Ocular Myasthenia and Thymectomy

Abstract & Commentary

Source: Roberts PF, et al. J Thorac Cardiovasc Surg. 2001; 122:562-568.

Is thymectomy beneficial for ocular myasthenia gravis (OMG)? Between 1970 and 1998, 61 OMG patients, aged 14-73 years, underwent thymectomy at the University of California (Davis) Medical Center (n = 7) or the University of Rome (n = 54), and were followed up for a mean of 9 years. Diagnosis was made on the basis of a combination of symptoms, acetylcholine receptor antibody titer, repetitive nerve stimulation studies, or single fiber electromyography. Thymoma was present in 12. Transsternal thymectomy was performed in 55, transcervical in 6. Response to thymectomy was characterized as cured, improved, unchanged, or worse, depending on whether the patient was, respectively, symptom free and off medication, symptomatically improved and on less medication, symptomatically unchanged and on the same medication, or, lastly, symptomatically worse, on more medication, or dead. Overall, 71% were cured (n = 31, 51%) or improved (n = 12, 20%) by thymectomy, with 16 patients (26%) unchanged, 1 worsening, and 1 dying in the postoperative period. Improvement or cure was seen in 67% of the thymoma subgroup. Thymectomy, Roberts and colleagues conclude, is safe and effective in OMG.


Thymectomy is an accepted indication for thymoma. Given surgical expertise and ICU care in the 21st century, it is safe. What remains unproven is whether, absent thymoma or thymectomy is more efficacious than optimal medical management in myasthenia, ocular or generalized.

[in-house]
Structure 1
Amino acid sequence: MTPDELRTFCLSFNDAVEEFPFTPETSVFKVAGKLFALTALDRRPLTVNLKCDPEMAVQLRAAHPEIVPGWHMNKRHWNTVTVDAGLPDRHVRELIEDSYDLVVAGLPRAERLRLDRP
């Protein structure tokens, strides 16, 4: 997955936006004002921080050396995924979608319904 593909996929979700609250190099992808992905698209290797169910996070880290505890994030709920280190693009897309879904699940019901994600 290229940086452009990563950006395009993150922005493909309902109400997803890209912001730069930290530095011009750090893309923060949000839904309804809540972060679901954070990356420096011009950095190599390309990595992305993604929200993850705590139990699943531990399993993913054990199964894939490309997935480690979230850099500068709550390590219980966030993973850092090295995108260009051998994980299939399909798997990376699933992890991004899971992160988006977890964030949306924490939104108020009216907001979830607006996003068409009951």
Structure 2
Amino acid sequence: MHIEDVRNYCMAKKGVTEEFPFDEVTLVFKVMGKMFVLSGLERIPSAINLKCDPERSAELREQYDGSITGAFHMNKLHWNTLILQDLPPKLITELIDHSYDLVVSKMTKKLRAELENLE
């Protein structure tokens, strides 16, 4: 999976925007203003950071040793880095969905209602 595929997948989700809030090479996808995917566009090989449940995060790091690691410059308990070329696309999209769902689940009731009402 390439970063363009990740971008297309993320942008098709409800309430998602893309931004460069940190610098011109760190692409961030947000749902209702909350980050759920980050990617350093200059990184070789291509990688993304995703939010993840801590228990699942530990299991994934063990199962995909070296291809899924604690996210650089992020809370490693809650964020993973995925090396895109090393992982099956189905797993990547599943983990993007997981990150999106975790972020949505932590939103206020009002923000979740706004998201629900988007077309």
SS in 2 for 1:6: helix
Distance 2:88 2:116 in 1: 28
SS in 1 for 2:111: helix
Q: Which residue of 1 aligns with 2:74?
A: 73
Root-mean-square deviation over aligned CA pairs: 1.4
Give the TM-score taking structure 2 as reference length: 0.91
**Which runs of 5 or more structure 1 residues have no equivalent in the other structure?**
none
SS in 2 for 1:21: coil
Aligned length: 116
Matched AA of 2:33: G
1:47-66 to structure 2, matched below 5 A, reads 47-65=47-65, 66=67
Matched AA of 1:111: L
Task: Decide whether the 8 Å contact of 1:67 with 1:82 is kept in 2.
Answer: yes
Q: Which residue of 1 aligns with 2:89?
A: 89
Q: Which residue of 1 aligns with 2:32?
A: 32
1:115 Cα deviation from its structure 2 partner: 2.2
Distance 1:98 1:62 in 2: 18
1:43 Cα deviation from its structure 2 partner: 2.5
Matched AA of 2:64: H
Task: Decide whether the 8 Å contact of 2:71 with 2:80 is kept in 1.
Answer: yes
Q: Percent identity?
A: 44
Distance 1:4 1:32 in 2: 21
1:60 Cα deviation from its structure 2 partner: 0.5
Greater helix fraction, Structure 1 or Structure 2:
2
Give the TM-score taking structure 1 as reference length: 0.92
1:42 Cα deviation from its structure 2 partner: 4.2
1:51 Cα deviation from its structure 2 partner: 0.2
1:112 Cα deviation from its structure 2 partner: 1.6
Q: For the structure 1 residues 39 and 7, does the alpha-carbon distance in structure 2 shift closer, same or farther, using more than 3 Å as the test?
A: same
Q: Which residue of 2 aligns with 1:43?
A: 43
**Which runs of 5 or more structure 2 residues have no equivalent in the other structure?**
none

Based on an exhaustive literature review, the Quality Standards Subcommittee of the American Academy of Neurology concluded that thymectomy is a therapeutic option for nonthymomatous myasthenia gravis, but that its benefit has not yet been conclusively established (Gronseth GS, Barohn RJ. Neurology. 2000:55:7-15, Rubin M. Neurology Alert. 2000;19:1-2). The evidence for thymectomy in OMG is even weaker. Assuming it has a therapeutic benefit for OMG, deciding whether it should be performed comes down to the following. If the morbidity and mortality of thymectomy are greater than those of OMG becoming generalized, with its attendant consequences, thymectomy is contraindicated. Can this question be accurately answered?

From 20-50% of OMG cases go into remission without thymectomy. No controlled studies compare this to a surgical group. If OMG remains so for a year, it will become generalized in only 15%. Symptoms are in most instances easily treated with a combination of pyridostigmine and prednisone, the latter often inducing remission. The argument for thymectomy in OMG remains unconvincing and will remain so unless a prospective trial comparing thymectomy to best medical management is undertaken. —Michael Rubin

Dr. Rubin, Associate Professor, Clinical Neurology, New York Presbyterian Hospital-Cornell Campus, is Assistant Editor of Neurology Alert.